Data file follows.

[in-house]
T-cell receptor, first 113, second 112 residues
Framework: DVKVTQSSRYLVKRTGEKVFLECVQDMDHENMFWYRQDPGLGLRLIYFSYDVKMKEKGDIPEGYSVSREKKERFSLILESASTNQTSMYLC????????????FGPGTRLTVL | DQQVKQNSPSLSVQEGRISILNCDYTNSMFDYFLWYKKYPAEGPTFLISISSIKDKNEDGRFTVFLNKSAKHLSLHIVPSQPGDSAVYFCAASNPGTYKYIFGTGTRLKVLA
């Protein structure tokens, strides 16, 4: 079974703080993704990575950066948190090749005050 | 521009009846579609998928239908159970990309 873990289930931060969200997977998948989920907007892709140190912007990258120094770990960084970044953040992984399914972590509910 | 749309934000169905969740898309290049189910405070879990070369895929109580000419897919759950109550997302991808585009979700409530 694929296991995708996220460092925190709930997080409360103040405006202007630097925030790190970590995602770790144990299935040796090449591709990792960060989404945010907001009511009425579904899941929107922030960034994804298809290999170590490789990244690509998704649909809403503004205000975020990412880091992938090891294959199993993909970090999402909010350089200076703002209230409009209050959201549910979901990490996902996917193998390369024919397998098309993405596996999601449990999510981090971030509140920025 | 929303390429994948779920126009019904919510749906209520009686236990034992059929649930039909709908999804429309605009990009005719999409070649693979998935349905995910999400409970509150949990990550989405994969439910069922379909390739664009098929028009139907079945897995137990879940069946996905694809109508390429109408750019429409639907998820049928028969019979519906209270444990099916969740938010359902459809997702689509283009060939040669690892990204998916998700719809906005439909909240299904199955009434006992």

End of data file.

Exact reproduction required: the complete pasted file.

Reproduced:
[in-house]
T-cell receptor, first 113, second 112 residues
Framework: DVKVTQSSRYLVKRTGEKVFLECVQDMDHENMFWYRQDPGLGLRLIYFSYDVKMKEKGDIPEGYSVSREKKERFSLILESASTNQTSMYLC????????????FGPGTRLTVL | DQQVKQNSPSLSVQEGRISILNCDYTNSMFDYFLWYKKYPAEGPTFLISISSIKDKNEDGRFTVFLNKSAKHLSLHIVPSQPGDSAVYFCAASNPGTYKYIFGTGTRLKVLA
């Protein structure tokens, strides 16, 4: 079974703080993704990575950066948190090749005050 | 521009009846579609998928239908159970990309 873990289930931060969200997977998948989920907007892709140190912007990258120094770990960084970044953040992984399914972590509910 | 749309934000169905969740898309290049189910405070879990070369895929109580000419897919759950109550997302991808585009979700409530 694929296991995708996220460092925190709930997080409360103040405006202007630097925030790190970590995602770790144990299935040796090449591709990792960060989404945010907001009511009425579904899941929107922030960034994804298809290999170590490789990244690509998704649909809403503004205000975020990412880091992938090891294959199993993909970090999402909010350089200076703002209230409009209050959201549910979901990490996902996917193998390369024919397998098309993405596996999601449990999510981090971030509140920025 | 929303390429994948779920126009019904919510749906209520009686236990034992059929649930039909709908999804429309605009990009005719999409070649693979998935349905995910999400409970509150949990990550989405994969439910069922379909390739664009098929028009139907079945897995137990879940069946996905694809109508390429109408750019429409639907998820049928028969019979519906209270444990099916969740938010359902459809997702689509283009060939040669690892990204998916998700719809906005439909909240299904199955009434006992």